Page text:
BRUSSELS — The European Union and Canada agreed to a multibillion-dollar trade pact on Friday that will integrate two of the world’s largest economies and pave the way for Europe to clinch an even bigger deal with the United States.
The deal will make Canada the only G8 country to have preferential access to the world’s two largest markets, the EU and the United States, home to a total of 800 million people.
“This is the biggest deal our country has ever made,” Canadian Prime Minister Stephen Harper said in Brussels, adding that it outstripped the North American Free Trade Agreement between Canada, the United States and Mexico.
Talks between the two sides launched in May 2009 but stalled for months over quotas for Canadian beef and EU cheese. Harper and European Commission President Jose Manuel Barroso met in Brussels to resolve outstanding issues and seal the deal.
In a cheeky touch, chefs served Italian gorgonzola and Greek feta cheese at a four-course lunch laid out for the two leaders to celebrate the deal, which EU trade chief Karel De Gucht called a “template” for negotiations with the United States.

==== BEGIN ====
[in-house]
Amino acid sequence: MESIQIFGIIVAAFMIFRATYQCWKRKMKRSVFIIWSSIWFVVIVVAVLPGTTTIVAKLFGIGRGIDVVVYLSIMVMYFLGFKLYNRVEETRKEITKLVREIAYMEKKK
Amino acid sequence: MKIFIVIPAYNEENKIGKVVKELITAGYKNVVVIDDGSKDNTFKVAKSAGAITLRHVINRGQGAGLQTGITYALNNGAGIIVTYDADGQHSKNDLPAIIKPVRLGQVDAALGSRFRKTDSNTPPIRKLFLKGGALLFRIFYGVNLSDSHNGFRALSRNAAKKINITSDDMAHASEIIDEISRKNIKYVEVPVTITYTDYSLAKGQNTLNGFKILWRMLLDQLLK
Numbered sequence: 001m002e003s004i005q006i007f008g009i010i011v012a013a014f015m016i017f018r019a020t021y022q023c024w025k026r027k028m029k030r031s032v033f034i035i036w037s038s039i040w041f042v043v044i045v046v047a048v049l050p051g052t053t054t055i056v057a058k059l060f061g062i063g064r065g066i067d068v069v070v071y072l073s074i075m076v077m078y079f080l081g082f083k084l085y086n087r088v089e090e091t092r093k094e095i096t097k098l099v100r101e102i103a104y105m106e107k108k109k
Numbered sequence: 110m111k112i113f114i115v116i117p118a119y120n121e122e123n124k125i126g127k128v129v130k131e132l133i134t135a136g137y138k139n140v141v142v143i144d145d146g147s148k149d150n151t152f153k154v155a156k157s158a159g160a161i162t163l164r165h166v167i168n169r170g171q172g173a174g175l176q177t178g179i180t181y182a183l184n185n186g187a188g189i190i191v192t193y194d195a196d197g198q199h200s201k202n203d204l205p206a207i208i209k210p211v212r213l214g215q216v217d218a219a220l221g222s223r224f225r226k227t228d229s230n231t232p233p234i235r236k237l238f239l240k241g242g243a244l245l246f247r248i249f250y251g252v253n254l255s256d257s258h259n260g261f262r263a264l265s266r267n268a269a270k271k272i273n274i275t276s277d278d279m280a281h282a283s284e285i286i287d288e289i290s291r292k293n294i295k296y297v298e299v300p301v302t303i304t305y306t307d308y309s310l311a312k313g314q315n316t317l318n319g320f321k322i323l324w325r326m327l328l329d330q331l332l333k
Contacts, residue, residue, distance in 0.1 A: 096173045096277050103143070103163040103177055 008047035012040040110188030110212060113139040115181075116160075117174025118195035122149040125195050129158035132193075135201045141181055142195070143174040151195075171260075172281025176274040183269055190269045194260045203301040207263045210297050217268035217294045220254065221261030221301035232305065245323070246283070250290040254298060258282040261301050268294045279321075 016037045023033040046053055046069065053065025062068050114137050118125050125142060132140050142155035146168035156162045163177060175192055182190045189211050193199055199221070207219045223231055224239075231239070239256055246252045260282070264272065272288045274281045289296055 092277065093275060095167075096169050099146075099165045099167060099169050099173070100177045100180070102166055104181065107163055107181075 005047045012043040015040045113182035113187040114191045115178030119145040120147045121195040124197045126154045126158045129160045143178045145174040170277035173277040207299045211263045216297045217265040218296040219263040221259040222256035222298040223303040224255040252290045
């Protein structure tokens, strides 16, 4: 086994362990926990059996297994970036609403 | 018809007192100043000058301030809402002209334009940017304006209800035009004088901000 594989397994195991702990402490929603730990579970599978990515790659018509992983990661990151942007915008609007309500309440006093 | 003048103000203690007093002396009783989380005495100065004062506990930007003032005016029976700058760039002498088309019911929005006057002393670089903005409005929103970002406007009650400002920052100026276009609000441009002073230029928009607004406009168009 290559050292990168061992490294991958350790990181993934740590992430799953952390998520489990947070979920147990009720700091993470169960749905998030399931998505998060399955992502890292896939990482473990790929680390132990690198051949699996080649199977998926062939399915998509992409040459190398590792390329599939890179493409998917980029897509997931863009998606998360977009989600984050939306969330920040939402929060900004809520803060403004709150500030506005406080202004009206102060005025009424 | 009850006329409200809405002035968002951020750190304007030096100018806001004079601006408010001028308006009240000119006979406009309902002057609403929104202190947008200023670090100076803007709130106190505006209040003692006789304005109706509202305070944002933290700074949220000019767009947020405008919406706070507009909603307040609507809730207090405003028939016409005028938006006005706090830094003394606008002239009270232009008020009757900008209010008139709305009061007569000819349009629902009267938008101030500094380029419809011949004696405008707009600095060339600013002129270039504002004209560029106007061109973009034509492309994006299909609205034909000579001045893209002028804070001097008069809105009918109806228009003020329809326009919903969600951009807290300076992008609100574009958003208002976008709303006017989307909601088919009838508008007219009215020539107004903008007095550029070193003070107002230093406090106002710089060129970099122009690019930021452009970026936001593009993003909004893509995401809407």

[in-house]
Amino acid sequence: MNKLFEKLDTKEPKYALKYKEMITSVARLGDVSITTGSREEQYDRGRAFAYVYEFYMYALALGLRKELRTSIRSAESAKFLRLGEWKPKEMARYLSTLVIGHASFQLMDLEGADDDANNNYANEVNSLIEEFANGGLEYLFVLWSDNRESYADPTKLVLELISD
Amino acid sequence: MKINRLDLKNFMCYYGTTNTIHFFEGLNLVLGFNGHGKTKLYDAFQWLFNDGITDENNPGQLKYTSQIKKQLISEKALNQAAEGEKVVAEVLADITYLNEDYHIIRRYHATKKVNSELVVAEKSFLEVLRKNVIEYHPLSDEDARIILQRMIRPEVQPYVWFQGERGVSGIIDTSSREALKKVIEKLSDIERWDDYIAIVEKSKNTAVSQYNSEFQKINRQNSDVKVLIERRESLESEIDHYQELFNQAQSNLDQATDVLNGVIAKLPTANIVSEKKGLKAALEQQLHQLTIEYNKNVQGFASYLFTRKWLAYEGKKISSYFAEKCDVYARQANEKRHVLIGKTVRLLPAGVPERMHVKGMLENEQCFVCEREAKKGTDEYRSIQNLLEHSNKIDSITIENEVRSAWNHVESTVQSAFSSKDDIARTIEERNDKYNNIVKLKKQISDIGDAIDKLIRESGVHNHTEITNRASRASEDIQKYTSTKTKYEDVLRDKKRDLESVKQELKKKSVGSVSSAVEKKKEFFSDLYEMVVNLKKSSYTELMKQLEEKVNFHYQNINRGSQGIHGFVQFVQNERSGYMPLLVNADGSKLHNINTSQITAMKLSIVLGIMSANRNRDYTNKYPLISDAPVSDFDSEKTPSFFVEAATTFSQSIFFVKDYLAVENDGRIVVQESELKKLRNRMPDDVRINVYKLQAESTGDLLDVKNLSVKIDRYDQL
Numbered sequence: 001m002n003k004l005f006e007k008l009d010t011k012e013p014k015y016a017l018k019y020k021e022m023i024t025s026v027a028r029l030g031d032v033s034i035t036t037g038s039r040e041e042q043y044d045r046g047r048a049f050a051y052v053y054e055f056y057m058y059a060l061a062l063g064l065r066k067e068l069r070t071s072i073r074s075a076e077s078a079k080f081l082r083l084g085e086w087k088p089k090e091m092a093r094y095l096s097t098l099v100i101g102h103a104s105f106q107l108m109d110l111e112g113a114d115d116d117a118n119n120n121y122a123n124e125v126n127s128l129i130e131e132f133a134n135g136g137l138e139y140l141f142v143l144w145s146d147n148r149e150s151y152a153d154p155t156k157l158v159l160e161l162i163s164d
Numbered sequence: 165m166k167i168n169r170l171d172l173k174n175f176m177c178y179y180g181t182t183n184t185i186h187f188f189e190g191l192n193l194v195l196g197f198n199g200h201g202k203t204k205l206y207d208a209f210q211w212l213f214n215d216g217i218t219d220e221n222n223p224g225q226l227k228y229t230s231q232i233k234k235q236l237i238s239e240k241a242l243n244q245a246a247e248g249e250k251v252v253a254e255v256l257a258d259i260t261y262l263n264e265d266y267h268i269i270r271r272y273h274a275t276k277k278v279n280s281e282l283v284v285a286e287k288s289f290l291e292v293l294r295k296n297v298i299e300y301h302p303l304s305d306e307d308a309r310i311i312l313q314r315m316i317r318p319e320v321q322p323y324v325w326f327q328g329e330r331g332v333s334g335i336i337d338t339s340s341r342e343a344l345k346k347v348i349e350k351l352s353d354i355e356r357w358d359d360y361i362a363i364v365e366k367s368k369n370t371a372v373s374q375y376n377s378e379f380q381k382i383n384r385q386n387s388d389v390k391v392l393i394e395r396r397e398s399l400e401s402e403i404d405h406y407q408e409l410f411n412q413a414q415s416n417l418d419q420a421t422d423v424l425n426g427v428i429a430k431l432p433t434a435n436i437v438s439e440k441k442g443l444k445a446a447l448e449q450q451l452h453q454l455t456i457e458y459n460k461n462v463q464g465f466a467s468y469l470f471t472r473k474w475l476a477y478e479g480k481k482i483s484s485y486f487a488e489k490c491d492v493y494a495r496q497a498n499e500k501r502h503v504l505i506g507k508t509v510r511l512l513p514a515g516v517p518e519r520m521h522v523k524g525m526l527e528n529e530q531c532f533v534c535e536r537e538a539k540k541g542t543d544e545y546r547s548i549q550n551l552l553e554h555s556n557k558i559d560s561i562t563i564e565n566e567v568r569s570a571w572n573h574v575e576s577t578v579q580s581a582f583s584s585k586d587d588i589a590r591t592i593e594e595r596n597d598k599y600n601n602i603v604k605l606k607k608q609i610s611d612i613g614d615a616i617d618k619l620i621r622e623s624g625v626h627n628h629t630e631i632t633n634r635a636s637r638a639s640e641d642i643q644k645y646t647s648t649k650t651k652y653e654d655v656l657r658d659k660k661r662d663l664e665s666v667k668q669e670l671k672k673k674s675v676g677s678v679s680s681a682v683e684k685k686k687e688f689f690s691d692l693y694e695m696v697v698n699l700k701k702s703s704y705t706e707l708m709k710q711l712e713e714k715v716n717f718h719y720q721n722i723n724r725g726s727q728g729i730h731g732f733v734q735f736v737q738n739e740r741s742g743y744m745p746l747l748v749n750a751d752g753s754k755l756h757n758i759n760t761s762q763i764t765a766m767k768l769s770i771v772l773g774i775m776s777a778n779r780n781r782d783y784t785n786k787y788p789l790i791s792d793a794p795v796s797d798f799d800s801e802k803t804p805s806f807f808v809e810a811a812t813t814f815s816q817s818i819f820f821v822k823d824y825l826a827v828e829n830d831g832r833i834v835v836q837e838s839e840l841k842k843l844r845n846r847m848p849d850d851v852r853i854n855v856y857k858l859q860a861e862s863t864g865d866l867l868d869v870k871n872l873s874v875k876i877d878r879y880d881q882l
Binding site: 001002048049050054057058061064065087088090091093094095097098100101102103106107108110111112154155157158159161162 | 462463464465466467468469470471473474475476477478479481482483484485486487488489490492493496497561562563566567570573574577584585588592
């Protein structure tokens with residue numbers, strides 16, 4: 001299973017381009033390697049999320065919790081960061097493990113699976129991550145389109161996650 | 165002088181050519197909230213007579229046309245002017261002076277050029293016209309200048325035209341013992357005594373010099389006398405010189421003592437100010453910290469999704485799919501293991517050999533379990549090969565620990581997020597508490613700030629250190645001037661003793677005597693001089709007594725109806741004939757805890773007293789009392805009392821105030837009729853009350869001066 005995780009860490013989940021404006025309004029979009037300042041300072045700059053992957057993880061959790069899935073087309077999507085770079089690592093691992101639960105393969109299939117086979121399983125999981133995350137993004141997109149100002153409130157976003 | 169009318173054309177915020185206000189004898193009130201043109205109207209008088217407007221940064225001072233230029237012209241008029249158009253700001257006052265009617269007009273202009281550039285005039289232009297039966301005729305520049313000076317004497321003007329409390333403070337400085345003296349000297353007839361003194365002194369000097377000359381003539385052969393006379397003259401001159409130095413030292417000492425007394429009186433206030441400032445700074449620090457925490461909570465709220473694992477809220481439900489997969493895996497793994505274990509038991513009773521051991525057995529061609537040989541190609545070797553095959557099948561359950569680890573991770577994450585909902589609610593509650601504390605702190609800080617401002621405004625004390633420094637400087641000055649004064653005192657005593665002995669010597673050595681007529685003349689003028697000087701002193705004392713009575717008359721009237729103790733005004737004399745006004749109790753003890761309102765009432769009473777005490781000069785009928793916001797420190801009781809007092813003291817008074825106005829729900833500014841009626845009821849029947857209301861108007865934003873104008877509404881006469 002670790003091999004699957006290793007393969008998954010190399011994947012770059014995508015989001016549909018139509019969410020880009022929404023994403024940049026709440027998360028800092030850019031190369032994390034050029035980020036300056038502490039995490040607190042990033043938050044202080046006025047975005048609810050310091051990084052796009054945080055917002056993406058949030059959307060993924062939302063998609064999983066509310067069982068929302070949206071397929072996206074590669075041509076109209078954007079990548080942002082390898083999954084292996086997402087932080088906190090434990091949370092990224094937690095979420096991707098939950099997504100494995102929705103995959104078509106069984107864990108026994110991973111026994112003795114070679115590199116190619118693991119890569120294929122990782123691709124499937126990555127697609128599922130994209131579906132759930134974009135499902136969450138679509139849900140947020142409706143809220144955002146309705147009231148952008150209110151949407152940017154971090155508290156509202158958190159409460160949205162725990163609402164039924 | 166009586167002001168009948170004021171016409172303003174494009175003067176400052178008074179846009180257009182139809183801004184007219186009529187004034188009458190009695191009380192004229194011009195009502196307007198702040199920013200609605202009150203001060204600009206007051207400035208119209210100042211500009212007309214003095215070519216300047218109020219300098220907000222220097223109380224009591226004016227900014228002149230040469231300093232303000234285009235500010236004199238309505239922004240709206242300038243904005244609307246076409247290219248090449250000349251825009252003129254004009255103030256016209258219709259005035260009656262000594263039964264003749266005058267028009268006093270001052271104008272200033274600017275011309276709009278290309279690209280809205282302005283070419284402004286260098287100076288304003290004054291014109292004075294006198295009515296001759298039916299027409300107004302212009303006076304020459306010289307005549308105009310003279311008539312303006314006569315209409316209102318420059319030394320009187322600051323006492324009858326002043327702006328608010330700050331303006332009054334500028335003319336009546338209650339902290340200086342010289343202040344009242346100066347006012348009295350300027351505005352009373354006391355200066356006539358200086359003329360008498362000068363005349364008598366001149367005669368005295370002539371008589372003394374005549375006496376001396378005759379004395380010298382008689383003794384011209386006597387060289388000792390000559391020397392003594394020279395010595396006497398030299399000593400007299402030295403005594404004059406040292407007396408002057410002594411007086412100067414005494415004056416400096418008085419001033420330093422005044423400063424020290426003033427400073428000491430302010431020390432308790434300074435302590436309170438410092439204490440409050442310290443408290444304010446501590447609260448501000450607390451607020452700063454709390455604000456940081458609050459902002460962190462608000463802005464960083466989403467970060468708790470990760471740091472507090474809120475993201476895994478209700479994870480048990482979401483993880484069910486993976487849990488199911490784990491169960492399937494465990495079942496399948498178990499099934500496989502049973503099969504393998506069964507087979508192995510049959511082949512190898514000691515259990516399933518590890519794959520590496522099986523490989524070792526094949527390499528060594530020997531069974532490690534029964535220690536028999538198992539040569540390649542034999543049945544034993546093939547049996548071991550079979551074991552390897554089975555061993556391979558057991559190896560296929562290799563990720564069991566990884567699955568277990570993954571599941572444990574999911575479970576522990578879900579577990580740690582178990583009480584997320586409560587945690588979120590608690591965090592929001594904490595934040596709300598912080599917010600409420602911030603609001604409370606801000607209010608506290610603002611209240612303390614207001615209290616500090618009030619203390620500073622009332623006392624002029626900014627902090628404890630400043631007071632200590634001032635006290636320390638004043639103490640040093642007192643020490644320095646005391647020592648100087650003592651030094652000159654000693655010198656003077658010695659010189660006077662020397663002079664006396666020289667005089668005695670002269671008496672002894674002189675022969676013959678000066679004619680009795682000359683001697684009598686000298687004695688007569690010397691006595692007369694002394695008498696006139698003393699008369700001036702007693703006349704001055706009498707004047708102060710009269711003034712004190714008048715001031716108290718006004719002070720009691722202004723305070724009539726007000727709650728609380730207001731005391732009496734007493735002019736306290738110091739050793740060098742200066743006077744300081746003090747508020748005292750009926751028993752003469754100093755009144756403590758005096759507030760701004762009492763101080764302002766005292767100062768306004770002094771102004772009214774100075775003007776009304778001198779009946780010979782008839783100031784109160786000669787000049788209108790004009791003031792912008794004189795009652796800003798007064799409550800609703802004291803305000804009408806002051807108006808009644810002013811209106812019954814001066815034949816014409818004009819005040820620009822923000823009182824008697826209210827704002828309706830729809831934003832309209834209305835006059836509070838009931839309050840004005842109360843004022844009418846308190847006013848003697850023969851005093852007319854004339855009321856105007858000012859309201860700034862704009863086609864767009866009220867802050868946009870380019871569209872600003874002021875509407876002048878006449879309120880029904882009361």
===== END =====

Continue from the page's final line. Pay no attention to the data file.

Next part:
The deal marks a breakthrough for Brussels’ free-trade agenda, which had previously achieved smaller agreements with South Korea and Singapore. It is expected to increase bilateral trade in goods and services by one-fifth to $35 billion a year, according to the latest EU estimates. Barroso said he hoped the agreement could come into effect from 2015, after EU governments, the European Parliament and Canada’s 10 provinces give their blessing.
One significant potential obstacle was cleared on Friday when the government of Quebec, whose dairy industry had been unhappy about the increased EU cheese quota, announced its support for the agreement.